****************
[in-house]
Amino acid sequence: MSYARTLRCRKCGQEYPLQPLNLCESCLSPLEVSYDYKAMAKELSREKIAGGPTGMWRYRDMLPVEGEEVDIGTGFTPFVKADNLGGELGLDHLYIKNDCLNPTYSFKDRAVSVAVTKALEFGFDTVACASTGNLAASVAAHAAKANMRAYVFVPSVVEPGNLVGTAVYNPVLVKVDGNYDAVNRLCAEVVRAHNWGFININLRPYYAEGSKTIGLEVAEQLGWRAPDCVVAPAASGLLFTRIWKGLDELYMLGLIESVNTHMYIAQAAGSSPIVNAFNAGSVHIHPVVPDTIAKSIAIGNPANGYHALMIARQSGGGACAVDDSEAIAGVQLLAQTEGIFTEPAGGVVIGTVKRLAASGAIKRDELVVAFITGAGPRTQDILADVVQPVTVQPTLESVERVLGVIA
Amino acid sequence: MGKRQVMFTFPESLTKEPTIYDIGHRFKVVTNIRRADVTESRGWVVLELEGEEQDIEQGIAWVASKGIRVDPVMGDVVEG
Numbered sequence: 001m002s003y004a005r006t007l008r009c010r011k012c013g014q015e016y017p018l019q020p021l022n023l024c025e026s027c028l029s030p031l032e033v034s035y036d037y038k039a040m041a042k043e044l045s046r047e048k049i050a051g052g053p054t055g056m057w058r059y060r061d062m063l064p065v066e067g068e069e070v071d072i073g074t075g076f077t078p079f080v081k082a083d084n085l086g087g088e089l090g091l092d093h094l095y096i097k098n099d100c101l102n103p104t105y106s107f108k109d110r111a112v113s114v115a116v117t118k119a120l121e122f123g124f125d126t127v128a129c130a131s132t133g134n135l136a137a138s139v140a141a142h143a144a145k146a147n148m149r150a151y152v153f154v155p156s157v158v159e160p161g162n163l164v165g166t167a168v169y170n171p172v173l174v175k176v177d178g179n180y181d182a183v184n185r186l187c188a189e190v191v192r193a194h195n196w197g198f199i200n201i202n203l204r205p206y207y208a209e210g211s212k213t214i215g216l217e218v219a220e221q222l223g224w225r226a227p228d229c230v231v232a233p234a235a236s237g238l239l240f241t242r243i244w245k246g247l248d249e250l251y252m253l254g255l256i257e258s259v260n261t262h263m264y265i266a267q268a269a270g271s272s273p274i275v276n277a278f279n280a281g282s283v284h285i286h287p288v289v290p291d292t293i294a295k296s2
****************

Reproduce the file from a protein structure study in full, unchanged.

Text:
[in-house]
Amino acid sequence: MSYARTLRCRKCGQEYPLQPLNLCESCLSPLEVSYDYKAMAKELSREKIAGGPTGMWRYRDMLPVEGEEVDIGTGFTPFVKADNLGGELGLDHLYIKNDCLNPTYSFKDRAVSVAVTKALEFGFDTVACASTGNLAASVAAHAAKANMRAYVFVPSVVEPGNLVGTAVYNPVLVKVDGNYDAVNRLCAEVVRAHNWGFININLRPYYAEGSKTIGLEVAEQLGWRAPDCVVAPAASGLLFTRIWKGLDELYMLGLIESVNTHMYIAQAAGSSPIVNAFNAGSVHIHPVVPDTIAKSIAIGNPANGYHALMIARQSGGGACAVDDSEAIAGVQLLAQTEGIFTEPAGGVVIGTVKRLAASGAIKRDELVVAFITGAGPRTQDILADVVQPVTVQPTLESVERVLGVIA
Amino acid sequence: MGKRQVMFTFPESLTKEPTIYDIGHRFKVVTNIRRADVTESRGWVVLELEGEEQDIEQGIAWVASKGIRVDPVMGDVVEG
Numbered sequence: 001m002s003y004a005r006t007l008r009c010r011k012c013g014q015e016y017p018l019q020p021l022n023l024c025e026s027c028l029s030p031l032e033v034s035y036d037y038k039a040m041a042k043e044l045s046r047e048k049i050a051g052g053p054t055g056m057w058r059y060r061d062m063l064p065v066e067g068e069e070v071d072i073g074t075g076f077t078p079f080v081k082a083d084n085l086g087g088e089l090g091l092d093h094l095y096i097k098n099d100c101l102n103p104t105y106s107f108k109d110r111a112v113s114v115a116v117t118k119a120l121e122f123g124f125d126t127v128a129c130a131s132t133g134n135l136a137a138s139v140a141a142h143a144a145k146a147n148m149r150a151y152v153f154v155p156s157v158v159e160p161g162n163l164v165g166t167a168v169y170n171p172v173l174v175k176v177d178g179n180y181d182a183v184n185r186l187c188a189e190v191v192r193a194h195n196w197g198f199i200n201i202n203l204r205p206y207y208a209e210g211s212k213t214i215g216l217e218v219a220e221q222l223g224w225r226a227p228d229c230v231v232a233p234a235a236s237g238l239l240f241t242r243i244w245k246g247l248d249e250l251y252m253l254g255l256i257e258s259v260n261t262h263m264y265i266a267q268a269a270g271s272s273p274i275v276n277a278f279n280a281g282s283v284h285i286h287p288v289v290p291d292t293i294a295k296s2